121. ^ "Cavaliers: NBA Stars Join LeBron's King for Kids Bikeathon". NBA. Archived from the original on January 3, 2009. Retrieved May 4, 2009.
  122. ^ "Akron Vulcans". Archived from the original on March 8, 2016. Retrieved June 20, 2019.
  123. ^ Armon, Rick. "Cleveland-Akron win bid for 2014 Gay Games". Archived from the original on June 15, 2011. Retrieved September 30, 2009.
  124. ^ "Mighty mud maidens". Archived from the original on January 1, 2011.
  125. ^ "Lock 3 Live! Park In Akron, Ohio". Archived from the original on February 21, 2009. Retrieved April 3, 2009.
  126. ^ "About the Towpath Trail". Archived from the original on February 12, 2009. Retrieved April 3, 2009.
  127. ^ "Ohio & Erie Canal Towpath Trail". Archived from the original on March 29, 2009. Retrieved April 3, 2009.
  128. ^ "City of Akron: News Releases 2008: Bridging Urban Places with Green Spaces – Historic Towpath Winds into New Territory". Archived from the original on September 28, 2011. Retrieved April 3, 2009.
  129. ^ "The Portage Hike and Bike". Portage Park District. Archived from the original on April 12, 2009. Retrieved October 4, 2009.See also map link
  130. ^ Mark (July 6, 1999). "Ohio Building Authority – Ocasek Building". Archived from the original on May 14, 2009. Retrieved July 9, 2009.
  131. ^ "Akron: Office of the Mayor: Cabinet Members". Archived from the original on August 31, 2012. Retrieved September 9, 2012.
  132. ^ "City of Akron : City of Akron". Archived from the original on November 23, 2013.
  133. ^ a b Lin-Fisher, Stephanie Warsmith and Betty. "Akron Mayor Don Plusquellic abruptly announces his resignation, blames the Beacon Journal". Archived from the original on May 11, 2015.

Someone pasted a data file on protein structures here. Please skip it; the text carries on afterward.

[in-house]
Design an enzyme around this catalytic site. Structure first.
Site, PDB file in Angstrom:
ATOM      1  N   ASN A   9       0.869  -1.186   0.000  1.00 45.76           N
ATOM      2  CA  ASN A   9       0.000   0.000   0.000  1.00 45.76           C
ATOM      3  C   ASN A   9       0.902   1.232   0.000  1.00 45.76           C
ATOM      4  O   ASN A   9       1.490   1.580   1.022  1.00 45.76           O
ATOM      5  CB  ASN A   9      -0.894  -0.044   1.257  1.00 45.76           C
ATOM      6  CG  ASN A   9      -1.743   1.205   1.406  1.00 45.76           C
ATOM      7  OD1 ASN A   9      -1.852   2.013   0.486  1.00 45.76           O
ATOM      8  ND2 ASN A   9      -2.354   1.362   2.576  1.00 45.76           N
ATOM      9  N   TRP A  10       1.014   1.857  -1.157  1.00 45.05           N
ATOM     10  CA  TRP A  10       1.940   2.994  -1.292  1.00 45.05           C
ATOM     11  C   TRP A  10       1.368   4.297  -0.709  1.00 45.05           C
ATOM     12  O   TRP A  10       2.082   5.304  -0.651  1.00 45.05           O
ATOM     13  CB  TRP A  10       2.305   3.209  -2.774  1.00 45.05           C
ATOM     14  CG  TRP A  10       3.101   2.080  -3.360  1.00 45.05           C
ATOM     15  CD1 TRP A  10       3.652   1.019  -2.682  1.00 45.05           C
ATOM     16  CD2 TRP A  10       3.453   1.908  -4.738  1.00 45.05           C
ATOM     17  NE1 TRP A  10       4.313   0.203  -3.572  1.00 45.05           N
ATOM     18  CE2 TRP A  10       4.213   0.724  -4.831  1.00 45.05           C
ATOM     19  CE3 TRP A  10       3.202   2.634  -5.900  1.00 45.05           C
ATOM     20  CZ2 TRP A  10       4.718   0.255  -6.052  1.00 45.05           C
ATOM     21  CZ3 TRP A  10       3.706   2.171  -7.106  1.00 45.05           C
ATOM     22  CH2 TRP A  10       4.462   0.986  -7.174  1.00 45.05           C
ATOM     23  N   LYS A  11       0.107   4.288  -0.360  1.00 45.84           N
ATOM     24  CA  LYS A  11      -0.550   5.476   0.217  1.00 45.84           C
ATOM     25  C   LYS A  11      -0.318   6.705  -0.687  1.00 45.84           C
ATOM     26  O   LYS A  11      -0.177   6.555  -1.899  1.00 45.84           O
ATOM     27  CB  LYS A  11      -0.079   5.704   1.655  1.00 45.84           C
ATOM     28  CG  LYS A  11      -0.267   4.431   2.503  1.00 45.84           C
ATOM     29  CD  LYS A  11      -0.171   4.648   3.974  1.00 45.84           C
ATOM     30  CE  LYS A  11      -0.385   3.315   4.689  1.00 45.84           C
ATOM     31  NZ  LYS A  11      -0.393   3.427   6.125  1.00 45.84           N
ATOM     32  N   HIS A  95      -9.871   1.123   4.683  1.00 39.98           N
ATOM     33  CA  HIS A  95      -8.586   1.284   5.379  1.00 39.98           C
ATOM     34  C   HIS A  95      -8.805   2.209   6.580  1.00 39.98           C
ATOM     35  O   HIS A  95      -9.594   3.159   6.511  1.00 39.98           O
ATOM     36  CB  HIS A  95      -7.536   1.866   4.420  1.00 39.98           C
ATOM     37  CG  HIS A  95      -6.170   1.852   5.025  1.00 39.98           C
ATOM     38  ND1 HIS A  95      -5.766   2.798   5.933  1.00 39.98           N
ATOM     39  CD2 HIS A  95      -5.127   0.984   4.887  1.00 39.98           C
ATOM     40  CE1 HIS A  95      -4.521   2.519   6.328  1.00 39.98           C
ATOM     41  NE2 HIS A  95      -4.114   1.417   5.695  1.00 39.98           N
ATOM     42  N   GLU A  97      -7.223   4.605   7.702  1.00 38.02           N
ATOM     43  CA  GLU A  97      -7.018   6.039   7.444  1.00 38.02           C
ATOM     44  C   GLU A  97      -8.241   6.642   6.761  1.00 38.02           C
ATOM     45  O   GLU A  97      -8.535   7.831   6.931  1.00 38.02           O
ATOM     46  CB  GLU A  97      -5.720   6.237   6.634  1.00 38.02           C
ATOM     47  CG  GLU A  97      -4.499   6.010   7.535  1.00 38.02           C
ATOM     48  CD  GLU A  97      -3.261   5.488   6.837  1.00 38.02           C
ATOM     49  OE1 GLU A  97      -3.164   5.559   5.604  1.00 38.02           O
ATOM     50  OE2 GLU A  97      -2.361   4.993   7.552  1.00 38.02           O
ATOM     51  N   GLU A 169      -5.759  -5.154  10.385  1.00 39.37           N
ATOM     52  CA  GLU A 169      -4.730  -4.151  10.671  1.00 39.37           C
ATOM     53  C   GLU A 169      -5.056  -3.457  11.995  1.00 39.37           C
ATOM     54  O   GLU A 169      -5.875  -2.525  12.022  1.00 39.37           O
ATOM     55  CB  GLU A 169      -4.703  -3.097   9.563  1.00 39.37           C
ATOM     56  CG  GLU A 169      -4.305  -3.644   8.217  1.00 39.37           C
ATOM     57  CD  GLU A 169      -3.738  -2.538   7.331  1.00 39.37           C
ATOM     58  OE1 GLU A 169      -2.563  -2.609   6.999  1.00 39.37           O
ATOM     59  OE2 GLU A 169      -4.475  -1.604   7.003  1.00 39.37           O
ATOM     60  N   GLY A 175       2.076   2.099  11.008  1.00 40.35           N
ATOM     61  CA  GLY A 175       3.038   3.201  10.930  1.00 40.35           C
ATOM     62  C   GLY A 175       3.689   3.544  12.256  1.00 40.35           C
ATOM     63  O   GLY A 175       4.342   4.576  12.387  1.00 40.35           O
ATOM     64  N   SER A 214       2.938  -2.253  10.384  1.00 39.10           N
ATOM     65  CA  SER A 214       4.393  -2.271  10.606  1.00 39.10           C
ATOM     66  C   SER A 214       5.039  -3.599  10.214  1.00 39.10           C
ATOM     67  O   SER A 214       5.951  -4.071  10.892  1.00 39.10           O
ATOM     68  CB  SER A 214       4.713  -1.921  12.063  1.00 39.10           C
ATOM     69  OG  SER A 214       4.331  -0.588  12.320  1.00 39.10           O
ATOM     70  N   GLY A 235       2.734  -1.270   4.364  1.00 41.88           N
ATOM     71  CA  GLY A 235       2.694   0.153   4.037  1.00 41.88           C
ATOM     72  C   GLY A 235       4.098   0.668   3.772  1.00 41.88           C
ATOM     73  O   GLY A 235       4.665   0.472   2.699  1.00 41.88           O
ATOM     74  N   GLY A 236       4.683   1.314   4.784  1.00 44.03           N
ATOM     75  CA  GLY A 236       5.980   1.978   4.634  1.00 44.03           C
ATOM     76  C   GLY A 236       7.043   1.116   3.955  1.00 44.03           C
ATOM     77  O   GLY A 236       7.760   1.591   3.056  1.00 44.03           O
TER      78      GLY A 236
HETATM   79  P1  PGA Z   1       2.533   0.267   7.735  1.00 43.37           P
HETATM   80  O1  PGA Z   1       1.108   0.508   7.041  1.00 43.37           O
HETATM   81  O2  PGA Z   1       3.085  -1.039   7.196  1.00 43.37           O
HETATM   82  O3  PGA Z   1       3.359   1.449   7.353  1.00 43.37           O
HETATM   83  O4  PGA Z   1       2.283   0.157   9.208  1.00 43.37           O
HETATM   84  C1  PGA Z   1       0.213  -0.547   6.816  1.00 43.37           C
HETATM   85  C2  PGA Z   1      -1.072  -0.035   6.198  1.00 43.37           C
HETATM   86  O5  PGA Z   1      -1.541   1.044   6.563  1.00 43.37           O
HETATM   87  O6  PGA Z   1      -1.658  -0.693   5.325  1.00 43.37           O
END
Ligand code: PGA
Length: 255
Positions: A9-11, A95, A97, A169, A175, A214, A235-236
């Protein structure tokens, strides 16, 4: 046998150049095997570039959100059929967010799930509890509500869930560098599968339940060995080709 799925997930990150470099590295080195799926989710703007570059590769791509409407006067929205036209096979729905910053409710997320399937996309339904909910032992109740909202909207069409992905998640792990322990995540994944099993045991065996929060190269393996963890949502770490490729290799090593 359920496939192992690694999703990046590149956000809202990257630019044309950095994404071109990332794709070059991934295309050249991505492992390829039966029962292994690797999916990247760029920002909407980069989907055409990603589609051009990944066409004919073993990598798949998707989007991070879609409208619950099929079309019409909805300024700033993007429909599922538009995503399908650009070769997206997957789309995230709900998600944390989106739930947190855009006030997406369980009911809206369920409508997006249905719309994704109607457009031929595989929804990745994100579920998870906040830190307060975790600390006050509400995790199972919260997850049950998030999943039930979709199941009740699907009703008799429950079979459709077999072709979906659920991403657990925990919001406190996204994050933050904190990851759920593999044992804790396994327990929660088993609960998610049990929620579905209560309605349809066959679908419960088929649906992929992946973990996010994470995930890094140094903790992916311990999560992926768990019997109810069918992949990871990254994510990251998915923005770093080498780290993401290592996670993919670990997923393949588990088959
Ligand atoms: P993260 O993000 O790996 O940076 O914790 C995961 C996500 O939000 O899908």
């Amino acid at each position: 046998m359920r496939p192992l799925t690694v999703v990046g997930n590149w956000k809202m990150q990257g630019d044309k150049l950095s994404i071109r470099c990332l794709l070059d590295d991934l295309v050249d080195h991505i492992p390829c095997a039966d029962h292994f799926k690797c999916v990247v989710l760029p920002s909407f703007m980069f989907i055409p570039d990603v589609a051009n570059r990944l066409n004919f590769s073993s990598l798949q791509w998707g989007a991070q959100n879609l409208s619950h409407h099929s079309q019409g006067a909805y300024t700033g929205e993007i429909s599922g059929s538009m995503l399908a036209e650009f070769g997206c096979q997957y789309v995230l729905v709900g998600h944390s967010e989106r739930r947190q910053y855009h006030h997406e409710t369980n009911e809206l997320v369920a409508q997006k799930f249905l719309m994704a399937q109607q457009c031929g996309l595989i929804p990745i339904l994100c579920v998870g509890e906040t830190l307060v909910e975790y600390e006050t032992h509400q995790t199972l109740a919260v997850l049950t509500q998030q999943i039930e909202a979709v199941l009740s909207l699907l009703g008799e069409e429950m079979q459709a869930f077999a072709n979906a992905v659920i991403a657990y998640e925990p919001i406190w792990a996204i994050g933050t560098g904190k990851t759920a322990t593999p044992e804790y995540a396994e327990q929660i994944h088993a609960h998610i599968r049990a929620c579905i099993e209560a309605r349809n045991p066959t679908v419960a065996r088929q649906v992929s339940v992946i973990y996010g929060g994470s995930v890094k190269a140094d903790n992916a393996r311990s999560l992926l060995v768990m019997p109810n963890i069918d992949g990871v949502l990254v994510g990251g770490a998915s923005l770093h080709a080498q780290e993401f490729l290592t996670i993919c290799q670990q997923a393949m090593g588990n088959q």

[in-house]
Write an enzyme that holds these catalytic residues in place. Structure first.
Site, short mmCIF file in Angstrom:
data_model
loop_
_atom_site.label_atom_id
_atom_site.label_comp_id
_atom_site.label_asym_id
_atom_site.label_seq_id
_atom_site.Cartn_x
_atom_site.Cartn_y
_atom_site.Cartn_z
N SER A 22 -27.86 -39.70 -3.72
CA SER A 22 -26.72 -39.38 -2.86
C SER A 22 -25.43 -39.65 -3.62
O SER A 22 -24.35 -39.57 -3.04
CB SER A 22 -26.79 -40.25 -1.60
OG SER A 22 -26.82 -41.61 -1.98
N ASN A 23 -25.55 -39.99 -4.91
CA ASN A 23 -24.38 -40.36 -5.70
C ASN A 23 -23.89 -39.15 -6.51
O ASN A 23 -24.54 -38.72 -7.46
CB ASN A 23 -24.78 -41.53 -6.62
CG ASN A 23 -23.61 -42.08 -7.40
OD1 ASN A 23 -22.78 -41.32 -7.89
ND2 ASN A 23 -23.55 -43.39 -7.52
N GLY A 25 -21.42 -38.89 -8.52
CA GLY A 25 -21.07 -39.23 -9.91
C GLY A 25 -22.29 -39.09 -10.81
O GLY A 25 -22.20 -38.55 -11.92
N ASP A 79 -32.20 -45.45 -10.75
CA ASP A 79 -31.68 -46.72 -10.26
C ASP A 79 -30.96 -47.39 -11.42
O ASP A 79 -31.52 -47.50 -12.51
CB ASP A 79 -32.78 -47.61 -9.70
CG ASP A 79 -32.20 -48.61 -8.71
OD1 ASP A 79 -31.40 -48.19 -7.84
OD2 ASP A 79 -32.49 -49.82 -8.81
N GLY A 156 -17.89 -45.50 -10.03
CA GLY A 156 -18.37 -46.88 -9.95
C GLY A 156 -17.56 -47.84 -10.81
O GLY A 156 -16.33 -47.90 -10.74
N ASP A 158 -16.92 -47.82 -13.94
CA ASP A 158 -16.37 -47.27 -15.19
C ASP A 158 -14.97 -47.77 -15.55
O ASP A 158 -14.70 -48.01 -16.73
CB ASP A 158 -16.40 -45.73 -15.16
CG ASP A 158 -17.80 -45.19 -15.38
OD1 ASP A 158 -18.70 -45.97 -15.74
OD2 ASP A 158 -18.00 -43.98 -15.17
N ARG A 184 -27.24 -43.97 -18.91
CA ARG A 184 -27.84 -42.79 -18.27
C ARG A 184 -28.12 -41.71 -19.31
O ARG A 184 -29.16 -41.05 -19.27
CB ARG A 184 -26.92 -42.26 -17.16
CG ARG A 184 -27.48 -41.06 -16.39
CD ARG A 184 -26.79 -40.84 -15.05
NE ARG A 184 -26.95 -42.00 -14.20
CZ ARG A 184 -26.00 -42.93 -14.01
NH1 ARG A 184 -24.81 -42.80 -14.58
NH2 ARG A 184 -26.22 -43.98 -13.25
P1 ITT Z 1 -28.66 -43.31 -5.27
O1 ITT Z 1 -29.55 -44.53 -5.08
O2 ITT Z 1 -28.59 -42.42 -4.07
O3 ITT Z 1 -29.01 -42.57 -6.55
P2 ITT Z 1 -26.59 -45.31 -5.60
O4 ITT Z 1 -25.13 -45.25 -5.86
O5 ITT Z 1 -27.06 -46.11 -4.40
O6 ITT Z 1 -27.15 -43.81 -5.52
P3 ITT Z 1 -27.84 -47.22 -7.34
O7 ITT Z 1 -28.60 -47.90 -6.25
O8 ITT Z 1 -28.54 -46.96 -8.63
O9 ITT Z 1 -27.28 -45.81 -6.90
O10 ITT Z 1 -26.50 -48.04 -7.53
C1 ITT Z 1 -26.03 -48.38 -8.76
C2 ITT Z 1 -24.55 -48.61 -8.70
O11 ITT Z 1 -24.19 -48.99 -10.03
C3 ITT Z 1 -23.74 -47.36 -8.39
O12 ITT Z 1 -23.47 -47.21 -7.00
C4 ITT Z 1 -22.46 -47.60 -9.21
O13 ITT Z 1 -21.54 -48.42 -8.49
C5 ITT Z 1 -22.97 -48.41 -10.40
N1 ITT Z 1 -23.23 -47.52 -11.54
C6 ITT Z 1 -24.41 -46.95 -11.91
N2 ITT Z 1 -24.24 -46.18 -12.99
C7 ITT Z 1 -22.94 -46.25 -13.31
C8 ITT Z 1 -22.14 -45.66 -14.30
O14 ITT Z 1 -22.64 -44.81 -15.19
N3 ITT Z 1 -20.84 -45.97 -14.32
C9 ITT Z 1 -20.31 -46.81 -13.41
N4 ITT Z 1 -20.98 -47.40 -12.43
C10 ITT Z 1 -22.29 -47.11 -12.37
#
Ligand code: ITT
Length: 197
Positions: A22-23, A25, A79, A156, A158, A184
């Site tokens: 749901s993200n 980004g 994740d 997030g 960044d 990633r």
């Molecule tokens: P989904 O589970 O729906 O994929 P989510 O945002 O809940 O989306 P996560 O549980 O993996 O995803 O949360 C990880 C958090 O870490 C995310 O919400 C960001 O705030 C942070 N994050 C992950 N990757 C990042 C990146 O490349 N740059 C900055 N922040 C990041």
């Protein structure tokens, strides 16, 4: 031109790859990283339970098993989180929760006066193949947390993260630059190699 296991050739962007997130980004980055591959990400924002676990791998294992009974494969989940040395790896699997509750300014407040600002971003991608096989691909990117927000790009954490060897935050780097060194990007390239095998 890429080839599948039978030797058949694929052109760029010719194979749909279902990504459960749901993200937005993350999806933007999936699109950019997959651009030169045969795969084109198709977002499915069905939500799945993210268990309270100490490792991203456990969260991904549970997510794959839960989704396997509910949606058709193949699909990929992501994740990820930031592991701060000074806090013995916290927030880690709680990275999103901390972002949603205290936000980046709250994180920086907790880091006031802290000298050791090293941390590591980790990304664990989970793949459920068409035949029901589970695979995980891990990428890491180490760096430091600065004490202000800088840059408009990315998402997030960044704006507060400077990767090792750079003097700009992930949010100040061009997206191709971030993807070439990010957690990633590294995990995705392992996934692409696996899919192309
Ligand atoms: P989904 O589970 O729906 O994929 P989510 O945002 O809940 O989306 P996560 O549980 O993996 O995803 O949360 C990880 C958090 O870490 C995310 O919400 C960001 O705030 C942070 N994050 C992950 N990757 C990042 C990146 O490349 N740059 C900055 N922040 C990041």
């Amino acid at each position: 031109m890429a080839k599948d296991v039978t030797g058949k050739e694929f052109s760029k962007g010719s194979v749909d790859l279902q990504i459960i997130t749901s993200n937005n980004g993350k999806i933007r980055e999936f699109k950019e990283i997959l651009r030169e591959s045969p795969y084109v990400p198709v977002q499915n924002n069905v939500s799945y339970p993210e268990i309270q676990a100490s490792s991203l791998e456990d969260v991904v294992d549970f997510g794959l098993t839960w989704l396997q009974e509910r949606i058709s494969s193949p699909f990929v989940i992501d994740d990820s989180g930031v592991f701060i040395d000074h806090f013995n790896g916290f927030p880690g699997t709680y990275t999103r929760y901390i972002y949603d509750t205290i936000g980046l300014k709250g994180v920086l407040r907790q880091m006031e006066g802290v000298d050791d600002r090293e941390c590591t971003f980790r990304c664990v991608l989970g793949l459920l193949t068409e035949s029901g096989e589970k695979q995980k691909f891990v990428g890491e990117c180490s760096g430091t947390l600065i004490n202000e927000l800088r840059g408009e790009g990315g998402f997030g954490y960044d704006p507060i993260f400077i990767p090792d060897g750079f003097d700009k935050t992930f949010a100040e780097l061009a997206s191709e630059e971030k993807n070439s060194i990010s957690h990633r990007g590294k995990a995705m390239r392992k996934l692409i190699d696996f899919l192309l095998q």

134. ^ Harper, John (May 31, 2015). "Garry Moneypenny sworn in as Akron's 60th mayor at East High School, talks on past and future of city". The Plain Dealer. Archived from the original on March 4, 2016. Retrieved June 8, 2016.
  135. ^ Warsmith, Marilyn Millerand Stephanie. "Akron Mayor Garry Moneypenny admits to inappropriate contact with city employee; says he will not resign or run for new term". Archived from the original on June 13, 2015.
  136. ^ Warsmith, Stephanie. "Garry Moneypenny resigns as Akron mayor; Fusco next in line for mayor". Archived from the original on June 13, 2015.
  137. ^ Schleis, Stephanie Warsmithand Paula. "Six Democrats and 1 Republican file to run for Akron mayor; familiar names file for Akron council races". Archived from the original on June 11, 2015.
  138. ^ Livingston, Doug. "Democrats again sweep Akron elections: Mayor re-elected, council adds new members". Akron Beacon Journal. Archived from the original on July 25, 2020. Retrieved August 31, 2020.
  139. ^ Warsmith, Stephanie. "Akron council member, planning director argue after meeting; police called to chamber".
  140. ^ "History of the Akron Public Schools" (PDF). Archived from the original (PDF) on August 1, 2012. Retrieved September 9, 2012.
  141. ^ "Akron Digital Academy Quietly Closes as Other Online Charter Schools Face Hefty State Fees". GovTech. July 6, 2018. Retrieved August 28, 2022.
  142. ^ "I Promise School". LeBron James Family Foundation. May 2020. Archived from the original on February 8, 2022. Retrieved February 21, 2022.
  143. ^ Green, Erica L. (April 12, 2019). "LeBron James Opened a School That Was Considered an Experiment. It's Showing Promise". The New York Times. Retrieved February 21, 2022.
  144. ^ "Lebron James: Five Humongous Charitable Donations". Black EOE Journal. January 2021. Retrieved February 21, 2022.